four years ago today

January 18, 2013

My dad died. His dog, Ben, died with him. January 18th, 2009. It was a house fire. Probably smoke inhalation. No working smoke detectors in his house. There wasn’t much working in his house, except electricity, and it was likely a frayed lamp cord that started the fire. The best guess is the smoke eventually woke him up and he tried to find his phone to call 911 or tried to get down on the floor. The firefighters discovered him kneeling against his bed with his head on the mattress and his phone on the floor near his side table. You can easily imagine that he was panicking and knocked the phone to the floor and then was consumed by the smoke, which was so thick that the firefighters had to use a special infrared light to find his body. The whole thing sucked and so did everything that came after it except spending time with my family, most especially my sister, and getting to finally meet and become friends with my dad’s best friends, most especially his best friend, Joe.

I have no idea about the long arc of grief, specifically grief for someone with whom I had complicated relationship, at best, estranged, at worst. I suppose I could google “arc of grief.” It doesn’t really matter. Its still the case that I will be writing about something unrelated to my dad and and the next thing I know I’ll find myself writing him anyway. And it’s still true that when I’m  getting to know someone I want to be close to, I end up talking about my dad and my dad dying. This year I got slightly panicked that I had forgotten the date of his death. And I had to go back and look it up here on my blog. The forgetting part, not just of his death, but of him, is strange and unsettling. I’ve always had to kind of remind myself that he existed and that he was actually my dad, and that’s even more so true since he died. I think I finally realize why my Grandmother and Mom and uncles talk so much about my Grandfather — so they won’t forget him.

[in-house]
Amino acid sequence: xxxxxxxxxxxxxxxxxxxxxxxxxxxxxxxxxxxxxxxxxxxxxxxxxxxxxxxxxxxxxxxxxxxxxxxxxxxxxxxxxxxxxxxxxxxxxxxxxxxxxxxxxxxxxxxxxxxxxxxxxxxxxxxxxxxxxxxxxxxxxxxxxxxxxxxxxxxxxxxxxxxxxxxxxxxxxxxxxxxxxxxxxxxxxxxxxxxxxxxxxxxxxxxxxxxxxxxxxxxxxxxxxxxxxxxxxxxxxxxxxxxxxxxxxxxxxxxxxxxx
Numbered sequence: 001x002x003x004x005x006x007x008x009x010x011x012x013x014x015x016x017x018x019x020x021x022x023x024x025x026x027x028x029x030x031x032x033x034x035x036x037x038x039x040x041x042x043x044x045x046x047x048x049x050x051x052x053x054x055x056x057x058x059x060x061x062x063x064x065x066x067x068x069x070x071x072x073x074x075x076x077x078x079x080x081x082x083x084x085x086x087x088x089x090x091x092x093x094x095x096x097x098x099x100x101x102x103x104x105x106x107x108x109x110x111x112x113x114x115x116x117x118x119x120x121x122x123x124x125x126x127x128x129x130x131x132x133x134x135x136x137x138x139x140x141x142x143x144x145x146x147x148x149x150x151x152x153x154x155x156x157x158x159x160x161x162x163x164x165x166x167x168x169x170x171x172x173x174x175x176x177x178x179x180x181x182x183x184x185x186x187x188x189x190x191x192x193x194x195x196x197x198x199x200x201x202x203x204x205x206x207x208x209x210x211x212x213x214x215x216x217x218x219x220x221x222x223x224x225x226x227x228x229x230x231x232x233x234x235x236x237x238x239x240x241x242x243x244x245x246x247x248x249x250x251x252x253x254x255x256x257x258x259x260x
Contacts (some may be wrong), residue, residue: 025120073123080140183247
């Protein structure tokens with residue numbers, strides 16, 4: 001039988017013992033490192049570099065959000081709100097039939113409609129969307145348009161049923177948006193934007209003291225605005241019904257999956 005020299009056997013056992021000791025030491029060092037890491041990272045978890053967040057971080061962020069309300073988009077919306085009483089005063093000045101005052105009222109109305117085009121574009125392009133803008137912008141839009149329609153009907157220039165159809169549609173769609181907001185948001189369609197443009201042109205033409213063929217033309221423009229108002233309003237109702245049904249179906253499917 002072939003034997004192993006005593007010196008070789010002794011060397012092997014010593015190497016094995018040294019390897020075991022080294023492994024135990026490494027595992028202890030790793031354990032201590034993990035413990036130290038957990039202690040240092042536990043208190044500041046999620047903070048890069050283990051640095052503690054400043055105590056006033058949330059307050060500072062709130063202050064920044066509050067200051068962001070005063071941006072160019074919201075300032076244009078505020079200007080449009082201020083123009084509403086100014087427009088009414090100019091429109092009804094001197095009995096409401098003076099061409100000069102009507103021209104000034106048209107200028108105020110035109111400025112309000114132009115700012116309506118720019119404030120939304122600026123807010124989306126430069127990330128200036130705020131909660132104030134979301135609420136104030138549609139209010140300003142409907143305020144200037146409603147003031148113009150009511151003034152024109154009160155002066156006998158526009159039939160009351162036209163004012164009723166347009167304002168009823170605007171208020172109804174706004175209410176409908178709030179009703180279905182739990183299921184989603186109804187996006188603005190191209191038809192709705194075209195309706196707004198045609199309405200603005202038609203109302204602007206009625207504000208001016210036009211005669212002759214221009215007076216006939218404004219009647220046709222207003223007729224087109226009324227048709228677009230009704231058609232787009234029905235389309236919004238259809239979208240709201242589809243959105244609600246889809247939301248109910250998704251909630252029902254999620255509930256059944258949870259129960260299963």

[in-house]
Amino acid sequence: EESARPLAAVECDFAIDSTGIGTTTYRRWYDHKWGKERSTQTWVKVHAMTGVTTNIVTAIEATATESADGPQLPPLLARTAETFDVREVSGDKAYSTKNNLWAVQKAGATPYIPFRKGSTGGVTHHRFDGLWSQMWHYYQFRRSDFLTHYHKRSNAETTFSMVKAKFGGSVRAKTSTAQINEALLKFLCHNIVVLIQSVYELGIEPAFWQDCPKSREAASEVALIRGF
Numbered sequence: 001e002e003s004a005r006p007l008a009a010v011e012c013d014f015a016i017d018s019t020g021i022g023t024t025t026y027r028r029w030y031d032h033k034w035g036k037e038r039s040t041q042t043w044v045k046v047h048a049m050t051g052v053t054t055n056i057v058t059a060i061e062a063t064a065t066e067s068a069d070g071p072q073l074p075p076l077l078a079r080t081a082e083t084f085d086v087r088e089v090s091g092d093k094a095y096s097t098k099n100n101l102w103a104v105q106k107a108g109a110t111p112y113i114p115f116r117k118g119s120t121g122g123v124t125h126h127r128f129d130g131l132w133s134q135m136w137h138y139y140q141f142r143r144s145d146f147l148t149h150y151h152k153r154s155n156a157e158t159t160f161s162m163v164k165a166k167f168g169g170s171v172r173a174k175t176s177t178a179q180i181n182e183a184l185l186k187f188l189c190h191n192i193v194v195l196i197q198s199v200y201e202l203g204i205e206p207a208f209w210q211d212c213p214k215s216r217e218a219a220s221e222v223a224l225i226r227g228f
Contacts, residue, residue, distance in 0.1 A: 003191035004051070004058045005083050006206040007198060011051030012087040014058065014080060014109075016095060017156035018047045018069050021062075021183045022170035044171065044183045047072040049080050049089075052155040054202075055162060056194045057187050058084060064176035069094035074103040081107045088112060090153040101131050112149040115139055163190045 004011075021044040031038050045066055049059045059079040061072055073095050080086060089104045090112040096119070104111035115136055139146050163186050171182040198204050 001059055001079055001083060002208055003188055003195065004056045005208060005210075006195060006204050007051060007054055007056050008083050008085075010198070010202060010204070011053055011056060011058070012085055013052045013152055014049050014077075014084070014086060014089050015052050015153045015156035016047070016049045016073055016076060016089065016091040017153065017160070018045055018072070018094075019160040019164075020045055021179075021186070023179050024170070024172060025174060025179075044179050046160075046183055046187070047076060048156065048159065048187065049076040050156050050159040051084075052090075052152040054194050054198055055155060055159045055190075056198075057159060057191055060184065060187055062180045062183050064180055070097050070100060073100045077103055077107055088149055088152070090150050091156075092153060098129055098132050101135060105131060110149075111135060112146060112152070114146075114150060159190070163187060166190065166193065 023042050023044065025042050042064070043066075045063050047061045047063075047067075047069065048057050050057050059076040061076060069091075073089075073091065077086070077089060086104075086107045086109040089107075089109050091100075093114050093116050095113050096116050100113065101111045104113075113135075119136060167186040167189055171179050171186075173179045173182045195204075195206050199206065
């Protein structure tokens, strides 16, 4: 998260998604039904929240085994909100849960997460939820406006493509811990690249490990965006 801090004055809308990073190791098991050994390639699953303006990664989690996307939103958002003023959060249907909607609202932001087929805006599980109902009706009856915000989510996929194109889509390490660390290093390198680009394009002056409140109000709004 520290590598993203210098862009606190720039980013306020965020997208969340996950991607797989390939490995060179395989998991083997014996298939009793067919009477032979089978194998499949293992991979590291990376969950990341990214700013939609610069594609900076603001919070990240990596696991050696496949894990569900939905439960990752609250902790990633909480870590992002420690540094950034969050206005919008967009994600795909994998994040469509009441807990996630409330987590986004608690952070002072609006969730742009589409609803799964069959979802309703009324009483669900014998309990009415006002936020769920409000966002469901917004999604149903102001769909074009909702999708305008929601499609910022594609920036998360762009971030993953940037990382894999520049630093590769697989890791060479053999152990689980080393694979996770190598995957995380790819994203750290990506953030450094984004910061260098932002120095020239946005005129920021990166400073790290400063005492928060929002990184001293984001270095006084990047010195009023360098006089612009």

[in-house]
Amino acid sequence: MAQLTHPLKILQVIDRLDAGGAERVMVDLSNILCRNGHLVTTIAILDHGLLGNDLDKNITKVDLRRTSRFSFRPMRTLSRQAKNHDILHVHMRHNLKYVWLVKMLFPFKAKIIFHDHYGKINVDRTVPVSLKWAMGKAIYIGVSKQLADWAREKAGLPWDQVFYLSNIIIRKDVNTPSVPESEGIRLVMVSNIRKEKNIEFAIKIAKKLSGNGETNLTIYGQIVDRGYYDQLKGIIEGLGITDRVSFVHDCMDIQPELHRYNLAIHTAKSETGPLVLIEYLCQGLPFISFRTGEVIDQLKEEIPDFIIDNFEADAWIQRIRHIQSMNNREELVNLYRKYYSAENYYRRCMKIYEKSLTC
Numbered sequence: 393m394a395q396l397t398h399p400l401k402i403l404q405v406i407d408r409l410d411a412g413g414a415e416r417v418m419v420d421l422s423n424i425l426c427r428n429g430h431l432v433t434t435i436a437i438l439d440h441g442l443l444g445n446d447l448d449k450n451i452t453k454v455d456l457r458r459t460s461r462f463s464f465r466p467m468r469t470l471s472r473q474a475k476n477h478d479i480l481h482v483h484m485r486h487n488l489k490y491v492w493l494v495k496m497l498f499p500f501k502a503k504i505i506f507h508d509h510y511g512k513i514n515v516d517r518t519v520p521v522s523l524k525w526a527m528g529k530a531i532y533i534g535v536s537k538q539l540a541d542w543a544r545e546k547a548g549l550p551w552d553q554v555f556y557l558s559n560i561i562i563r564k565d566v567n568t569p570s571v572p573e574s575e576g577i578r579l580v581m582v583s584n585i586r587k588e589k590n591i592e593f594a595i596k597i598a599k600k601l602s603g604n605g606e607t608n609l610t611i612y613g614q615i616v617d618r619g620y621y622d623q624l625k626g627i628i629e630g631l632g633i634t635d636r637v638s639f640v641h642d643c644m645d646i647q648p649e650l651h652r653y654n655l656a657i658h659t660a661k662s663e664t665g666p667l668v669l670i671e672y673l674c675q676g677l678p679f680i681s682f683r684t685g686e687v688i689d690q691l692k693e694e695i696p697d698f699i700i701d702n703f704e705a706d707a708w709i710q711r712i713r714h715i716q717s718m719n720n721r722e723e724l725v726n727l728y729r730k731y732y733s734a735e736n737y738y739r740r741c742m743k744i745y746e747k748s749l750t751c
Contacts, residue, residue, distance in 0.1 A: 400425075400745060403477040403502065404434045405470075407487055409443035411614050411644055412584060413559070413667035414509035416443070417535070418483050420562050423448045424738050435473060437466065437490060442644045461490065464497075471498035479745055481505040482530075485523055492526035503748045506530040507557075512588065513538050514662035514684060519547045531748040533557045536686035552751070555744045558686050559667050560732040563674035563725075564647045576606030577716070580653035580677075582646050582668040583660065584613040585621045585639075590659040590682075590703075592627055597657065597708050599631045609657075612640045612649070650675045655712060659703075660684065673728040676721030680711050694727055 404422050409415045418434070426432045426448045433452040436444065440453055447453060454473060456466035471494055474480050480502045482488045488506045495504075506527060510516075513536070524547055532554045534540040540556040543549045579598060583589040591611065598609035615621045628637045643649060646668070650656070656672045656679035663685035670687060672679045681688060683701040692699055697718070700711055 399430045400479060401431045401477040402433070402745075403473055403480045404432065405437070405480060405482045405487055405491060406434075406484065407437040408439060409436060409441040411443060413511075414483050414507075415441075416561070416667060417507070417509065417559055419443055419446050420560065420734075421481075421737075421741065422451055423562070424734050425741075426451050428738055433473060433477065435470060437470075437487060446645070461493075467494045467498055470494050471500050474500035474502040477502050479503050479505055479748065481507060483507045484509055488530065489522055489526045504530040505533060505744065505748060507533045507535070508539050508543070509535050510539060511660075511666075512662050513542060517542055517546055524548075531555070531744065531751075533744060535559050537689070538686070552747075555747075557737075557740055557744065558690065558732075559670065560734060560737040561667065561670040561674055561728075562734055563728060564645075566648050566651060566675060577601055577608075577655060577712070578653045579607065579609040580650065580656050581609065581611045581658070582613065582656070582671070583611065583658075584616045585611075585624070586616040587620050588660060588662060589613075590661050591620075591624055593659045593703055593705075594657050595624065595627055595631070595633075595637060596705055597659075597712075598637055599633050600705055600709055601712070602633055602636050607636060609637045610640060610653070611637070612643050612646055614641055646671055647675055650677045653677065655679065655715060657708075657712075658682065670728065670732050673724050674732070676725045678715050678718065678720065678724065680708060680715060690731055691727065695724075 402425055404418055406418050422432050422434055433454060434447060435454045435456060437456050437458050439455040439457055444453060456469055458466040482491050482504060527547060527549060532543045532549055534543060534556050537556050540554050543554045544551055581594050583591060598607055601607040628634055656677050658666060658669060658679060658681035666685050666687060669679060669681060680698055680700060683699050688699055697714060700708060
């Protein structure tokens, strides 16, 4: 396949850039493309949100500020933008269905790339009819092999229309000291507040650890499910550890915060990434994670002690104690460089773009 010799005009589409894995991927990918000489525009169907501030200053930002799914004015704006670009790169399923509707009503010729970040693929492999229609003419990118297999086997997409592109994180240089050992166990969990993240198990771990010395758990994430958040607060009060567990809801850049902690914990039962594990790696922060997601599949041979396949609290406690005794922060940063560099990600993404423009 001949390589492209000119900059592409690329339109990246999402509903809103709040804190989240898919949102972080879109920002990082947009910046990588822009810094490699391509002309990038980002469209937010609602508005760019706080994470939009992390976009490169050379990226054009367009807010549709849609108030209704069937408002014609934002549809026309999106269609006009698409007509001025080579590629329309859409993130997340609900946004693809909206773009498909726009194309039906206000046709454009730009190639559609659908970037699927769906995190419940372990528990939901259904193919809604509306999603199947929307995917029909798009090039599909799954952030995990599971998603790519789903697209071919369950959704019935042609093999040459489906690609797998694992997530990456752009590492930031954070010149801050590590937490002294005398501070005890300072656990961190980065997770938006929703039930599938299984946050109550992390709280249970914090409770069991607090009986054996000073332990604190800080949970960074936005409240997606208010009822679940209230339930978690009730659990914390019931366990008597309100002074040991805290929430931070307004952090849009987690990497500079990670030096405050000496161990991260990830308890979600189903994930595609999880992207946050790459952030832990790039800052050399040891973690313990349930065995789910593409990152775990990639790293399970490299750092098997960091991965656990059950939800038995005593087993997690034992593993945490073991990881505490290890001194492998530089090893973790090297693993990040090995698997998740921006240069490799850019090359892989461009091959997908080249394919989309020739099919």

I’ve still not read Billy Budd. But it continues to sit in a pile of books on my bedside table. I did remove his dog tag from my key chain. It was loud and I think I wanted to take a break from trying to be close to the experience that impacted my dad’s life more than anything else. The thing I’ve noticed this year is that sometimes it feels weird to say I loved or love my dad, because loving him became such an exercise in abstraction, so separate from concrete expressions of love, like birthday phone calls or ever hanging out at his house or going with him to his favorite festival. But George Saunders said “Grief is, in a sense, the bill that comes due for love.” (his eulogy for David Foster Wallace). So by that measure I clearly did, love him that is.